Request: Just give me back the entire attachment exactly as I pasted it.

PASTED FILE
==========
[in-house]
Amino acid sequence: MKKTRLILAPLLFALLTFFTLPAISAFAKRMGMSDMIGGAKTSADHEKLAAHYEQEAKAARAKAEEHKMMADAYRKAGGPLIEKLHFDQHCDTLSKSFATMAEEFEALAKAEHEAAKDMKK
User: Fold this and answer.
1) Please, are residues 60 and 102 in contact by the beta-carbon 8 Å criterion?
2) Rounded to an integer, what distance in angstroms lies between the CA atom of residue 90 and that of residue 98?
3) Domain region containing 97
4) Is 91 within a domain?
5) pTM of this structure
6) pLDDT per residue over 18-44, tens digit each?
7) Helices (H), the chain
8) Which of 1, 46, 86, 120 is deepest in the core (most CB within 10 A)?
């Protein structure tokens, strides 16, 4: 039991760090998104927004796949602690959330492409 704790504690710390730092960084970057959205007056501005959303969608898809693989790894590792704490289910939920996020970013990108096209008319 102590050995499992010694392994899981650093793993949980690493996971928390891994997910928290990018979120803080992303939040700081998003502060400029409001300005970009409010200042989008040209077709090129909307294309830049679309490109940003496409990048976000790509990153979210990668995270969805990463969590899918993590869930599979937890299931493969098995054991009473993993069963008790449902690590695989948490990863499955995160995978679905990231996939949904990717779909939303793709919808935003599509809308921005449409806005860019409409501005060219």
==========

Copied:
[in-house]
Amino acid sequence: MKKTRLILAPLLFALLTFFTLPAISAFAKRMGMSDMIGGAKTSADHEKLAAHYEQEAKAARAKAEEHKMMADAYRKAGGPLIEKLHFDQHCDTLSKSFATMAEEFEALAKAEHEAAKDMKK
User: Fold this and answer.
1) Please, are residues 60 and 102 in contact by the beta-carbon 8 Å criterion?
2) Rounded to an integer, what distance in angstroms lies between the CA atom of residue 90 and that of residue 98?
3) Domain region containing 97
4) Is 91 within a domain?
5) pTM of this structure
6) pLDDT per residue over 18-44, tens digit each?
7) Helices (H), the chain
8) Which of 1, 46, 86, 120 is deepest in the core (most CB within 10 A)?
């Protein structure tokens, strides 16, 4: 039991760090998104927004796949602690959330492409 704790504690710390730092960084970057959205007056501005959303969608898809693989790894590792704490289910939920996020970013990108096209008319 102590050995499992010694392994899981650093793993949980690493996971928390891994997910928290990018979120803080992303939040700081998003502060400029409001300005970009409010200042989008040209077709090129909307294309830049679309490109940003496409990048976000790509990153979210990668995270969805990463969590899918993590869930599979937890299931493969098995054991009473993993069963008790449902690590695989948490990863499955995160995978679905990231996939949904990717779909939303793709919808935003599509809308921005449409806005860019409409501005060219």